Delivering patient choice in clinical practice: A conversation analytic study of communication practices used in neurology clinics to involve patients in decision-making

Research output: Book/ReportCommissioned report

Published copy (DOI)



Publication details

DatePublished - Mar 2015
Number of pages169
PublisherNational Institute for Health Research: Health Services and Delivery Research
Original languageEnglish

Publication series

NameHealth Services and Delivery Research
ISSN (Print)2050-4349
ISSN (Electronic)2050-4357


Background: The NHS is committed to offering patients more choice. Yet even within the NHS, the meaning of patient choice ranges from legal ‘rights to choose’ to the ambition of establishing clinical practice as a ‘partnership’ between doctor and patient. In the absence of detailed guidance, we focused on precisely how to engage patients in decision-making.
Objectives: To contribute to the evidence-base about whether or not, and how, patient choice is implemented to identify the most effective communication practices for facilitating patient choice.
Design: We used conversation analysis to examine practices whereby neurologists offer choice. The main data set consists of audio- and video-recorded consultations. Patients completed pre- and post-consultation questionnaires and neurologists completed the latter.
Setting and participants: The study was conducted in neurology outpatient clinics in Glasgow and Sheffield. Fourteen neurologists, 223 patients and 120 accompanying others took part.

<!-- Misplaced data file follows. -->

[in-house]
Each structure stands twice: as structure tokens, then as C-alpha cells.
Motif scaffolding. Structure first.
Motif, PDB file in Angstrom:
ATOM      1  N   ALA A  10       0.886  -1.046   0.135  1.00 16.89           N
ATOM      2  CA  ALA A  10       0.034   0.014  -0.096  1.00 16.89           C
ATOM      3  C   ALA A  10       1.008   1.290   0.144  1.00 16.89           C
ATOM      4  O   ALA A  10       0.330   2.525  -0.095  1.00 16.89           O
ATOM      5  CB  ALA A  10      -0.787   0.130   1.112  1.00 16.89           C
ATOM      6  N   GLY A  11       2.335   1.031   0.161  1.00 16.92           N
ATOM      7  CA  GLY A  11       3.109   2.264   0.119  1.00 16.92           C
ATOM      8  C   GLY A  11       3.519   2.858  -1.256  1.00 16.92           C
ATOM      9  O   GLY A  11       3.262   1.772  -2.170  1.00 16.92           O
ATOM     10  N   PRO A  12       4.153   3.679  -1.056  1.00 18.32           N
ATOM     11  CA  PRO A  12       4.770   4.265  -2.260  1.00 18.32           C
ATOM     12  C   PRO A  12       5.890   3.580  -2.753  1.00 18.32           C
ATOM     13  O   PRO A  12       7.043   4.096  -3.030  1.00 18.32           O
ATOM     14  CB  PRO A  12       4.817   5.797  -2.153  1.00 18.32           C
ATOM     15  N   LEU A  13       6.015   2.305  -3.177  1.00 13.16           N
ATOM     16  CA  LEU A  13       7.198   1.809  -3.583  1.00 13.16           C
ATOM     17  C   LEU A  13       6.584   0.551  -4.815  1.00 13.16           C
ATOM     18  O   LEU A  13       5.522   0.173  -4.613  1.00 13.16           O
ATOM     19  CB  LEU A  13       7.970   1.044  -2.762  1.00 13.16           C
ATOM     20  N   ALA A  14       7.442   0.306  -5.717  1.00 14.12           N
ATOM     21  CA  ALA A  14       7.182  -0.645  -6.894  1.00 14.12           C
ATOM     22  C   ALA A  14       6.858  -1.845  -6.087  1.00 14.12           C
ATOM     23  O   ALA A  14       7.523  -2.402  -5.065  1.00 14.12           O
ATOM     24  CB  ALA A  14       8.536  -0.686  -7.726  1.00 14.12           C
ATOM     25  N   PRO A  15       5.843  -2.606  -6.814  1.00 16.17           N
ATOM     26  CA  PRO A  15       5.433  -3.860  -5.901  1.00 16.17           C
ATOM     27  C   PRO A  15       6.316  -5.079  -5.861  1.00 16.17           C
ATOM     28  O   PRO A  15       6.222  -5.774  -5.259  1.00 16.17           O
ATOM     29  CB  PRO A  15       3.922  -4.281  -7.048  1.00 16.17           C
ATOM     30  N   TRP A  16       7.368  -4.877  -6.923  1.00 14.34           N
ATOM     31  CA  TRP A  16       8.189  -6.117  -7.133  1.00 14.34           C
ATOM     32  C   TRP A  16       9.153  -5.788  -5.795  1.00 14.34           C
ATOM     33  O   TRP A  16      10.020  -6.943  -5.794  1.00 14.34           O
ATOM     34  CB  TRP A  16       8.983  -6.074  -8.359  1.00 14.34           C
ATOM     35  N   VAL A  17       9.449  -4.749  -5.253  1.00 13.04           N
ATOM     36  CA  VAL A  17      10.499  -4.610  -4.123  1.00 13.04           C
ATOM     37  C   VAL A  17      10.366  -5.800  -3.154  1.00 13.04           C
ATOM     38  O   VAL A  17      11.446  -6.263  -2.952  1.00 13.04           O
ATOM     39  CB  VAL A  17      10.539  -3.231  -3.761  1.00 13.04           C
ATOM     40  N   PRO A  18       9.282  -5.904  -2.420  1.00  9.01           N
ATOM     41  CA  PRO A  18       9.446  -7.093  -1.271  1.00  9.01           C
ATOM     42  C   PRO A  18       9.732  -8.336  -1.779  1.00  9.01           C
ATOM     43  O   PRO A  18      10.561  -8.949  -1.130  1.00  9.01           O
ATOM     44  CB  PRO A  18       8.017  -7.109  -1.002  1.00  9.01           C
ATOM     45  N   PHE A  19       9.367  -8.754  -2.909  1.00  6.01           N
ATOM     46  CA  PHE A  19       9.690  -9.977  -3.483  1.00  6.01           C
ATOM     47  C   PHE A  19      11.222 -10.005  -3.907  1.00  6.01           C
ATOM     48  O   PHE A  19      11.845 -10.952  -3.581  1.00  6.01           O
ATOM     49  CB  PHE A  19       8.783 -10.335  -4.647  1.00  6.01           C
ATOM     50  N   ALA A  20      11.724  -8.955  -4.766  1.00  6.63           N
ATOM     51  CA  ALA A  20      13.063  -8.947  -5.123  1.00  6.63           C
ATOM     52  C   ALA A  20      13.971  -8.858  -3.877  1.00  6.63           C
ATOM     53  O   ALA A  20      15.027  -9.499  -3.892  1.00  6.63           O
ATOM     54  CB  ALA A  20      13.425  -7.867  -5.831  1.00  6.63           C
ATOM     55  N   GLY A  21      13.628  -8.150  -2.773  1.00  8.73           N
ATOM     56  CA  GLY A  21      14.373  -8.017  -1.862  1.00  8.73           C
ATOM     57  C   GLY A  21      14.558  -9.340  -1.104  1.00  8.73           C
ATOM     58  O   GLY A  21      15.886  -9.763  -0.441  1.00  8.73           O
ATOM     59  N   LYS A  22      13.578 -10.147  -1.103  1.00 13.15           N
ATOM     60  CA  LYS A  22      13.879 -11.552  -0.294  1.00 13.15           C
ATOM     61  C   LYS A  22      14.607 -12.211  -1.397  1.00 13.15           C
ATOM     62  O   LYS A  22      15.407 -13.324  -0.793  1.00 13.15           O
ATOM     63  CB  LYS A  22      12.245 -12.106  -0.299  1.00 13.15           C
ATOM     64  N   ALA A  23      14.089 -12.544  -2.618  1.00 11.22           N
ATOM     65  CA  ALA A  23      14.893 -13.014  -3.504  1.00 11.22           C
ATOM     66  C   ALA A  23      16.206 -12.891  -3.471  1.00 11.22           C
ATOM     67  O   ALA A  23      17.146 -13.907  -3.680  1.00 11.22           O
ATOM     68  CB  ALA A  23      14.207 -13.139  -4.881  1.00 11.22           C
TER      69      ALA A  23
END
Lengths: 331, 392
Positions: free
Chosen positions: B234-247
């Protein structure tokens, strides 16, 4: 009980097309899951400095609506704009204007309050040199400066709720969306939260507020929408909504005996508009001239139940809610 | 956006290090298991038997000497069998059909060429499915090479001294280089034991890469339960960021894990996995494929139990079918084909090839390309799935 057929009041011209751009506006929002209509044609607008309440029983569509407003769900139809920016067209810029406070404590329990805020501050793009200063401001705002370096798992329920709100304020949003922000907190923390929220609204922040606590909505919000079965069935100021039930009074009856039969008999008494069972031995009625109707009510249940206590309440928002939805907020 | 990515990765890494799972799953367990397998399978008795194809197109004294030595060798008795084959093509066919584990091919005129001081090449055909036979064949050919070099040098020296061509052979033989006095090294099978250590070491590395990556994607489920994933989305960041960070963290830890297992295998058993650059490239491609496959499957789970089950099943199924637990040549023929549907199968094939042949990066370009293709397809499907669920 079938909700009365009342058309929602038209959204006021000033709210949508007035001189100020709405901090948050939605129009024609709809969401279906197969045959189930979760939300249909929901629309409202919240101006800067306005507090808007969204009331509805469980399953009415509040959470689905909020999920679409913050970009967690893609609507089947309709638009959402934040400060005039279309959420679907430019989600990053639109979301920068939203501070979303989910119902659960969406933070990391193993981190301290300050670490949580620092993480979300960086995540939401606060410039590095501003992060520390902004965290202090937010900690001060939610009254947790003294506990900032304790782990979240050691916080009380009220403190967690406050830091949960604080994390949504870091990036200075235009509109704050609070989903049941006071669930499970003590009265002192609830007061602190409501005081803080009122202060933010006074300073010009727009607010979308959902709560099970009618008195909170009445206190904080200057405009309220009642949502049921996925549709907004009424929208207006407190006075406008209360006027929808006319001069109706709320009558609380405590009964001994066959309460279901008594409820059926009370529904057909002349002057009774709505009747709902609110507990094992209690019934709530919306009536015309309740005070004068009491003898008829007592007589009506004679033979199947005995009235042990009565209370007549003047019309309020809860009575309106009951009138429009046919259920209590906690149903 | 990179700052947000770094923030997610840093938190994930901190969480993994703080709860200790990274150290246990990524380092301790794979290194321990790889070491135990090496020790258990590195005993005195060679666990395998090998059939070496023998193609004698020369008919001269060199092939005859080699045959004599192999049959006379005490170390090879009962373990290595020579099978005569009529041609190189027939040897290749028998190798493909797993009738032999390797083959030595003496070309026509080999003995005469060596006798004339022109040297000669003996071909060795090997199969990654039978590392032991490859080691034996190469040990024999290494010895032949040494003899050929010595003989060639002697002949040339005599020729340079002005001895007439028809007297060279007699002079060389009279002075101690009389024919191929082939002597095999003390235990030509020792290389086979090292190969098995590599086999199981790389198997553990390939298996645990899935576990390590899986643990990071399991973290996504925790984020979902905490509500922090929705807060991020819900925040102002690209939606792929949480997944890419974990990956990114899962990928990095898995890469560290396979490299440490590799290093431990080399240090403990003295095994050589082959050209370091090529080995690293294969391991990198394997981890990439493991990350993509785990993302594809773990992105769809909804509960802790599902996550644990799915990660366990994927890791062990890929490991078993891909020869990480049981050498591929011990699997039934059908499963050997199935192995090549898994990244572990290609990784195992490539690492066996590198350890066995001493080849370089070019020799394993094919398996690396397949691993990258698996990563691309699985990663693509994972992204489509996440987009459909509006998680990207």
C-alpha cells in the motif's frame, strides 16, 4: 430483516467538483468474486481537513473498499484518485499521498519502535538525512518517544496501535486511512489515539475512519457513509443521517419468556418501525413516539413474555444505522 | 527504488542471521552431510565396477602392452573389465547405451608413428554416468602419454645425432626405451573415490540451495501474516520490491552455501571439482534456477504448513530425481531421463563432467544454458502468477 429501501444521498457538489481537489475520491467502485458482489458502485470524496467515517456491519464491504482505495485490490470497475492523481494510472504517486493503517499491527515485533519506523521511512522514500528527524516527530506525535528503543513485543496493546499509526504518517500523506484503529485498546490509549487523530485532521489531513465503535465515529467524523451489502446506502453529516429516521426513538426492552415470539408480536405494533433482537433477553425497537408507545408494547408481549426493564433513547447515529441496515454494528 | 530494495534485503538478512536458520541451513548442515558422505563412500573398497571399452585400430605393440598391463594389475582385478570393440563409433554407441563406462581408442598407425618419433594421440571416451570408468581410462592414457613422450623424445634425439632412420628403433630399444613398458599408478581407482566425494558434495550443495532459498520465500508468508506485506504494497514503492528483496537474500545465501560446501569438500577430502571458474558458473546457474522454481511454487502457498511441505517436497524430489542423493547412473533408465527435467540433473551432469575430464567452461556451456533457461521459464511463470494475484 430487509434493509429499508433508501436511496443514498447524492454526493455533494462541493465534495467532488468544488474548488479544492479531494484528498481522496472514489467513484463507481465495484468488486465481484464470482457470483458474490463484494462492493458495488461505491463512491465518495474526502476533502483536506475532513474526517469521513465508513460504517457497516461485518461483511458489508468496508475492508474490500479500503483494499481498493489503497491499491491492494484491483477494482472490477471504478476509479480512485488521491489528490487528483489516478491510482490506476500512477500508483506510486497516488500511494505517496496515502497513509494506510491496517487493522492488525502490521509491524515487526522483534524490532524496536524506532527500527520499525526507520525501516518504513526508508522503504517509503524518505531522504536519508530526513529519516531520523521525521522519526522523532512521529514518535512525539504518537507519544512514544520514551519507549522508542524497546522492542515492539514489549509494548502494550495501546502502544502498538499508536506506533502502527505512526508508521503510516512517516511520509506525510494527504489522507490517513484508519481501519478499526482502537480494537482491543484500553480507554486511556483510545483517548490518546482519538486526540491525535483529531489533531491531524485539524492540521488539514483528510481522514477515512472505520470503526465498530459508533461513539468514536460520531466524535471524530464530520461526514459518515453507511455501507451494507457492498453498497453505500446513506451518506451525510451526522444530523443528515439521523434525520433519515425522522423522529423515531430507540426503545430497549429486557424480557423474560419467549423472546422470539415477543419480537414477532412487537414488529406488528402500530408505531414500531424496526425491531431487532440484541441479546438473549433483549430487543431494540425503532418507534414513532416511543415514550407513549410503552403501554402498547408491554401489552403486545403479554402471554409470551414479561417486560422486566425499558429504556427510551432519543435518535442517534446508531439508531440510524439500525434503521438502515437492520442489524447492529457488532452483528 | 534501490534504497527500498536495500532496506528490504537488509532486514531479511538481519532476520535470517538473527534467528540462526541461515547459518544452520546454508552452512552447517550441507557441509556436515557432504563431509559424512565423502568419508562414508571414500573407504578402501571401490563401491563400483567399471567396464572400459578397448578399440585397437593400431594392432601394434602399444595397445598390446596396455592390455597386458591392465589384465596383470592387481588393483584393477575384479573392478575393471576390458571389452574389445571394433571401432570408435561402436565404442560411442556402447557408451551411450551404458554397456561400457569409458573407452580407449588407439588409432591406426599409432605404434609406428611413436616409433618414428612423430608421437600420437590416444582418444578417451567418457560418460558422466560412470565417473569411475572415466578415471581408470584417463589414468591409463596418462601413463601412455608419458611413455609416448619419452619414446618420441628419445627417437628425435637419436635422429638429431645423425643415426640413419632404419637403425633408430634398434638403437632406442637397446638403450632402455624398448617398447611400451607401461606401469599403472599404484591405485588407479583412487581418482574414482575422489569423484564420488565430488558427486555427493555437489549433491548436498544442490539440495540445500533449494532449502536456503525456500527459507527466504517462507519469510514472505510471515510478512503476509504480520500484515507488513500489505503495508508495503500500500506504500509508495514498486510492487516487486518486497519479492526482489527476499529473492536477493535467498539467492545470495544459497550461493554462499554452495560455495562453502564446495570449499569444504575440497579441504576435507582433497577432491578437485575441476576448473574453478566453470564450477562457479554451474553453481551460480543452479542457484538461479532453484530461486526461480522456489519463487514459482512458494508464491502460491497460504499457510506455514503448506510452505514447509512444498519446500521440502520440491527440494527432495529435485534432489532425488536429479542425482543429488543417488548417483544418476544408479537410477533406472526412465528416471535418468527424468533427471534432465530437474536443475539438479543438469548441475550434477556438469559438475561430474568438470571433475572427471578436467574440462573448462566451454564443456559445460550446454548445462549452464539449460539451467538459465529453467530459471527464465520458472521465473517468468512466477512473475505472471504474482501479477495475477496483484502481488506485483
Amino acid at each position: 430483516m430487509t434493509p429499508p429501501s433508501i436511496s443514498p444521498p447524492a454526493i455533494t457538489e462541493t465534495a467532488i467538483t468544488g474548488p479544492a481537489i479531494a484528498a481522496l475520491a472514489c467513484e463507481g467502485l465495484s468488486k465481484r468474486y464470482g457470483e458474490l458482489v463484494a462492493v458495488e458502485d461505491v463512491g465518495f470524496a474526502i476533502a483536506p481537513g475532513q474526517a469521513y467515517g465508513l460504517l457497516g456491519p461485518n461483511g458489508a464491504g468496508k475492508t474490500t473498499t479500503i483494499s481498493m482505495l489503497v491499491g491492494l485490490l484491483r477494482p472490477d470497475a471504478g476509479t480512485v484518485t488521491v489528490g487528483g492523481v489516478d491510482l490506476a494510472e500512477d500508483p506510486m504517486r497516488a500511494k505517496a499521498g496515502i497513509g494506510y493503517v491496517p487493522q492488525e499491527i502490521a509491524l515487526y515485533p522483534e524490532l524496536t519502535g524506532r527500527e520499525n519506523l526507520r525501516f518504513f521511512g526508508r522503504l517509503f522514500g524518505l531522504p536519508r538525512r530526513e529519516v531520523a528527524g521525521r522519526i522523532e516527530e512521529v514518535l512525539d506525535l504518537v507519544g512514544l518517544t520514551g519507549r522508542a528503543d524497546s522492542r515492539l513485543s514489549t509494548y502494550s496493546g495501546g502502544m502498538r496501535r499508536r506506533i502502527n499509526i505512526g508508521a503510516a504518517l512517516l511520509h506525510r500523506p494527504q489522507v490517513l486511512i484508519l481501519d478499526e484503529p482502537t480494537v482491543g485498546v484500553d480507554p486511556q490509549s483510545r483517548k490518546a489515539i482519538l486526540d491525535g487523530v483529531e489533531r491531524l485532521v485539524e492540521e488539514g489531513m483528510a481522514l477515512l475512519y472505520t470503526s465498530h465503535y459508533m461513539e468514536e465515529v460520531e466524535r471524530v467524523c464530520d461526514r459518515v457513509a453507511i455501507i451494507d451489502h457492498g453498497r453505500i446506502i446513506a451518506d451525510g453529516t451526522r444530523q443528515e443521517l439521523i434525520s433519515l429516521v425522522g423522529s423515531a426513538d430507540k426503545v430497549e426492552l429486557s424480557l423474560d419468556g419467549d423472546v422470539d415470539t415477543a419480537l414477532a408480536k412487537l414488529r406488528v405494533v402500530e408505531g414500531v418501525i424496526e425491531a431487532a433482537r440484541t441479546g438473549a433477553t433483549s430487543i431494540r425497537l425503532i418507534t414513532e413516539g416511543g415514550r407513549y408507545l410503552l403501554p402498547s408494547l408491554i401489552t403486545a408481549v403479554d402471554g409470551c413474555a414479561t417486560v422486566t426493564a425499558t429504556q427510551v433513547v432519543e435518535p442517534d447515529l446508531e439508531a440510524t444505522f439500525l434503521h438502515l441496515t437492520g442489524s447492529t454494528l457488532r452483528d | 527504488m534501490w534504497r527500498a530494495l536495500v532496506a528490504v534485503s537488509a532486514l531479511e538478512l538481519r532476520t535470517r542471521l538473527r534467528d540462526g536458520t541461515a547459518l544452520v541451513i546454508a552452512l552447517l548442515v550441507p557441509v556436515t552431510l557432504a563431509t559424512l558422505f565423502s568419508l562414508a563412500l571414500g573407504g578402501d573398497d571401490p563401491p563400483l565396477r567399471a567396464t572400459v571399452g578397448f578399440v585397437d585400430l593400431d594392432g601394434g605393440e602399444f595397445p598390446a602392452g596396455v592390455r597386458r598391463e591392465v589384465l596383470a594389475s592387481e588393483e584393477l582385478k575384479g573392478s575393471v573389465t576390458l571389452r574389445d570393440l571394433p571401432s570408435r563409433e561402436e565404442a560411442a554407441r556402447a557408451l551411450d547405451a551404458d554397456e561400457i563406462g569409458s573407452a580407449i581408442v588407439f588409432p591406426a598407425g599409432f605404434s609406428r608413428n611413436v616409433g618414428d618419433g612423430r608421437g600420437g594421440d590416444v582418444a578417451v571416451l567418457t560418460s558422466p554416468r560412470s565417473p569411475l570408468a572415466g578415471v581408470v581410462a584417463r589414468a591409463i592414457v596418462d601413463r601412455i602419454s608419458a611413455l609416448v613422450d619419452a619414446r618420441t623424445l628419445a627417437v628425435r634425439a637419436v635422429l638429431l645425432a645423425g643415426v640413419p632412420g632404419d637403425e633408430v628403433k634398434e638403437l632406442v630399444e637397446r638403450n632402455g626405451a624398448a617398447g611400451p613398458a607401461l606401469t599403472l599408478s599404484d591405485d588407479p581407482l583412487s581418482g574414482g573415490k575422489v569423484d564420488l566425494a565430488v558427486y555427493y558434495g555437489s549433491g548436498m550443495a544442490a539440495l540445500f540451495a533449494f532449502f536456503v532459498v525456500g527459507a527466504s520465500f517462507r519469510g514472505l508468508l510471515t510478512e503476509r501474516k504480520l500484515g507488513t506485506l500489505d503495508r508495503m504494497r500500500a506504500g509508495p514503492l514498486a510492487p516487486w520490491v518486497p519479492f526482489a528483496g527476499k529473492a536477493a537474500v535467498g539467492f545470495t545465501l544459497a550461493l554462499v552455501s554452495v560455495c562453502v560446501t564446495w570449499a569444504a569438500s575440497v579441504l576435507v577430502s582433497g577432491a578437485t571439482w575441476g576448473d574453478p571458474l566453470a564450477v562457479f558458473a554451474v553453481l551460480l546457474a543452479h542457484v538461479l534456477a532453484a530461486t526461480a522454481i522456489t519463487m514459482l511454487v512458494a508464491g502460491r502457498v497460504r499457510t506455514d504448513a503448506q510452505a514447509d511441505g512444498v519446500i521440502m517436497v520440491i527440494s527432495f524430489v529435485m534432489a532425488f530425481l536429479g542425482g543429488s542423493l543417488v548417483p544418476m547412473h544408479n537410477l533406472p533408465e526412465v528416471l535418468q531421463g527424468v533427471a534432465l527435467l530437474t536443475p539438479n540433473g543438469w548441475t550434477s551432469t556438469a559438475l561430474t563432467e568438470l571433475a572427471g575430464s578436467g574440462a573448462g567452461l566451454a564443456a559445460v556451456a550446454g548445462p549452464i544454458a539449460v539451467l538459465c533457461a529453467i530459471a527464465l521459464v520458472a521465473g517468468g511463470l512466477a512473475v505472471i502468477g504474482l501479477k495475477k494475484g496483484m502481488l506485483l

Results: Patients and clinicians agreed that choice had featured in 53.6% of consultations and that choice was absent in 14.3%. After 32.1% of consultations, either patient or neurologist thought choice was offered. The presence or absence of choice was not satisfactorily explained by quantitatively explored clinical or demographic variables. For our qualitative analysis, the corpus was divided into four subsets: (1) patient and clinician agree that choice was present; (2) patient and clinician agree that choice was absent; (3) patient ‘yes’, clinician ‘no’; and (4) patient ‘no’, clinician ‘yes’. Comparison of all subsets showed that ‘option-listing’ was the only practice for offering choice that was present only (with one exception, which, as we show, proves the rule) in those consultations for which participants agreed there was a choice. We show how option-listing can be used to engage patients in decision-making, but also how very small changes in the machinery of option-listing [for instance the replacement or displacement of the final component of this practice, the patient view elicitor (PVE)] can significantly alter the slot for patient participation. In fact, a slightly modified form of option-listing can be used to curtail choice. Finally, we describe two forms of PVE that can be used to hand a single-option decision to the patient, but which, we show, can raise difficulties for patient choice.

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